Take note that Ann Francis (The Forbidden Planet) plays in the role turned down by Doris Day, as the unscrupulous assistant at Peacock magazine..  Her plan to get Peacock not to divulge his virginity is ingenious....


Her plan?  To make him not a virgin!... or at least have him believe he's not.  Ms. Francis will knock him out - and when he awakes he will be in bed with her and he'll think they had sex. Ingenious.... and, again, a pretty adult scene for a Don Knotts comedy.

I won't spoil how it all turns out.  Overall, it's a pretty typical movie, and not going to be at the top of anyone's comedy hall of fame. However, it's a lot of fun, and the 60s look, fashions, music, decor, is a lot of fun.  Recommended.



Confessions of a Driving Instructor (1976)


Why is Timothy (Robin Askwith) so happy?  He just rocked his driving instructor's world (which literally destroys the vehicle) and now has a license to be a driving instructor himself.  Let the hilarity commence!

This isn't my first rodeo with the Confessions series, so I pretty well knew what I was in for going in: lots of ribald humor (Benny Hill would approve).  I'd compare them to the Carry On films, but they're a smidge randier.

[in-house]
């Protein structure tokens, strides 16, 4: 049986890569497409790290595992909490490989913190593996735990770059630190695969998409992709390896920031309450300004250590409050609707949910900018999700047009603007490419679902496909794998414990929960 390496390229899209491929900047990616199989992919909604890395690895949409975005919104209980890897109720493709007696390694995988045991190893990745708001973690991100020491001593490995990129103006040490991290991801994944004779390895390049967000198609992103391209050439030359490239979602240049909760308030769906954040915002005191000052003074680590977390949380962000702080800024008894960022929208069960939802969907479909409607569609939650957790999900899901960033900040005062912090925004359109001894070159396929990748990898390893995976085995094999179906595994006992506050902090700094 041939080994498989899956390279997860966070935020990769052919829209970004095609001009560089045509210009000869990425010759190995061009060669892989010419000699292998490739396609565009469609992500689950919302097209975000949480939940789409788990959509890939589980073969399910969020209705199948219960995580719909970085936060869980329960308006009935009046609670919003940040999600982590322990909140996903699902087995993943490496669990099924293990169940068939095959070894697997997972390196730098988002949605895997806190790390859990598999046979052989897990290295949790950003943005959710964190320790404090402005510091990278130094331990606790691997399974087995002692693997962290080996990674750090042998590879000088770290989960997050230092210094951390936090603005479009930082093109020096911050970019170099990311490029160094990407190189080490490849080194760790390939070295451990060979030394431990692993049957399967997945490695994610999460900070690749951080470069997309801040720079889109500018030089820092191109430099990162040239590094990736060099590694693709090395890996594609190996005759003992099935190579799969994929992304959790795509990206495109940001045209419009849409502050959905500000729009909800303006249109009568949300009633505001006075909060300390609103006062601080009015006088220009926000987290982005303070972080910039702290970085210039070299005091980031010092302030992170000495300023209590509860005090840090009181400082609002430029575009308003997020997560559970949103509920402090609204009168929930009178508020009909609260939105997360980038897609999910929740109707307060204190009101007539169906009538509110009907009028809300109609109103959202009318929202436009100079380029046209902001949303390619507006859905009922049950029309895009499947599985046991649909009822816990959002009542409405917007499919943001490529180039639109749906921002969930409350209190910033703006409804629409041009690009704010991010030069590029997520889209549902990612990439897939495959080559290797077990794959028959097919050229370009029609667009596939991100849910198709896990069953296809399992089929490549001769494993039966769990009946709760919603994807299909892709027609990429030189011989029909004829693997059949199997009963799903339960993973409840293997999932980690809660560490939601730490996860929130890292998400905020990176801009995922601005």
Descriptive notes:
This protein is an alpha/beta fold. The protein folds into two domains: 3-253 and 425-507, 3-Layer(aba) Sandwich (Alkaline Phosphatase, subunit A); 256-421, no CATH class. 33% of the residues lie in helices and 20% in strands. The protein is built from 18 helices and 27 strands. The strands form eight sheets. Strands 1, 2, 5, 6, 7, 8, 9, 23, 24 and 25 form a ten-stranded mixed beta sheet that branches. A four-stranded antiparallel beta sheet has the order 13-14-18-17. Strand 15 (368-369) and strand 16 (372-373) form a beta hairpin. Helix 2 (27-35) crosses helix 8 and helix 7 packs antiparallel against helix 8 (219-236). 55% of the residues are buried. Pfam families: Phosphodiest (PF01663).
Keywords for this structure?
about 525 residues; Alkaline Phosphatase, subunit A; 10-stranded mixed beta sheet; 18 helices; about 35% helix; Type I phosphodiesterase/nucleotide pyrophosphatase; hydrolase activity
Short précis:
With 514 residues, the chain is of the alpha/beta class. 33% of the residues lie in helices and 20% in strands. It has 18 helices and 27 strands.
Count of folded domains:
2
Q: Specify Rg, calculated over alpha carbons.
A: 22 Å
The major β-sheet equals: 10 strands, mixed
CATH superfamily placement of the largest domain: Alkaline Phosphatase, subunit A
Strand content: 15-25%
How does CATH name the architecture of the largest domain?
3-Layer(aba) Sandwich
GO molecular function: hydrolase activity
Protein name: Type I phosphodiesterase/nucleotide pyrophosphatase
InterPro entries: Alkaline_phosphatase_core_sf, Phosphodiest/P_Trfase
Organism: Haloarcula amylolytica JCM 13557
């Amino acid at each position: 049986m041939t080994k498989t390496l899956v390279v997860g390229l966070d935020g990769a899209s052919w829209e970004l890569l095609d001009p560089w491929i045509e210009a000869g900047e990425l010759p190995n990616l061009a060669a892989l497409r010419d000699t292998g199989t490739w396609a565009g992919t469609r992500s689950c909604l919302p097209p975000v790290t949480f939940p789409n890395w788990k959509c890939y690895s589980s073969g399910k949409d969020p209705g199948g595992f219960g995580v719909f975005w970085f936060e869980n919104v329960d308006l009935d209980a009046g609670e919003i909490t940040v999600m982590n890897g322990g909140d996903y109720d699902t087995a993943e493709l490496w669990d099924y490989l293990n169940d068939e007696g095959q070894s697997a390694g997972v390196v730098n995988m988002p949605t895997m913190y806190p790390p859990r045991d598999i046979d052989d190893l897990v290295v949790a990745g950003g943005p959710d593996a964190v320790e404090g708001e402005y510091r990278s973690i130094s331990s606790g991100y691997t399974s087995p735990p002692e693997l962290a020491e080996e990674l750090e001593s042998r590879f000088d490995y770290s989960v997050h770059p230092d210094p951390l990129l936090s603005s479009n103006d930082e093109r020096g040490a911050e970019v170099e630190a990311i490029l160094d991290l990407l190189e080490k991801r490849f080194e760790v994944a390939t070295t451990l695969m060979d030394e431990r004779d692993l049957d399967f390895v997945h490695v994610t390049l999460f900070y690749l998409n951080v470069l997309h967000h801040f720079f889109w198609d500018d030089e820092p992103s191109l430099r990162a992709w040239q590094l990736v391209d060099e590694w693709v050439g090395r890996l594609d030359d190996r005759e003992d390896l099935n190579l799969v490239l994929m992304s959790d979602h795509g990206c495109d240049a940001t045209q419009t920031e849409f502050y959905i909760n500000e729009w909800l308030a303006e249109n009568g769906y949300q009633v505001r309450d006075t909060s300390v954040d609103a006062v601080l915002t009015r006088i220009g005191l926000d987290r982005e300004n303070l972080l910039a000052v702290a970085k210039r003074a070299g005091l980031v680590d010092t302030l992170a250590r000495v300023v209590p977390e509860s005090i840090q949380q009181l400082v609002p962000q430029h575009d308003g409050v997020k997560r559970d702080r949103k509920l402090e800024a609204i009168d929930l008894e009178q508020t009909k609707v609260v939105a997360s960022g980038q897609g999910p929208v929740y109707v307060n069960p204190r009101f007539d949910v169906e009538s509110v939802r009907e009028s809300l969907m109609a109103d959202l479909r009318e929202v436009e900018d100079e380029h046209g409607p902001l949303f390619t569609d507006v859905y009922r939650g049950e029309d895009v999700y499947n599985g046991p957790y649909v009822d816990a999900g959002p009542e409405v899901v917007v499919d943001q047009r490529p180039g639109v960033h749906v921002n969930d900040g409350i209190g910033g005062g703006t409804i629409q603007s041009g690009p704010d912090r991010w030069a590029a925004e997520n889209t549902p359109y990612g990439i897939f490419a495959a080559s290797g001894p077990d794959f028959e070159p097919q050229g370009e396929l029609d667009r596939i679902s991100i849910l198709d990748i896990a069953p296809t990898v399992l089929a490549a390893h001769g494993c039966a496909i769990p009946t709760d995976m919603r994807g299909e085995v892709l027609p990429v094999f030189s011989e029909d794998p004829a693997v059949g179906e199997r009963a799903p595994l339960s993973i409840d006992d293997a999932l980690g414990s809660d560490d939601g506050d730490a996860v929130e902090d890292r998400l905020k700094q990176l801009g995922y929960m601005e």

So, Timmy and his brother-in-law Sidney (Anthony Booth) open a driving school next door to their competitors - the stuffy, uptight gentlemen pictured above - namely Mr. Trescot and his lovely daughter, Mary (Lynda Bellingham - one of my favorite ladies of British cinema).


Wacky hijinx immediately ensue.  They splash a fish tank on Mary and are busy fishing a guppy out of her blouse when Mr. Trescot and his nebbish employee, Tony (George Layton), arrive.

Yes, the Confessions series was all about compromising positions.  Just as Three's Company could milk every ounce of humor out "misunderstandings", the Confessions series did the same with compromising sexual situations. And you could just about guarantee that those just stepping into the situation would do a spit-take and look profoundly aghast (think of Mr. Furley - eyes bulging in shock/horror).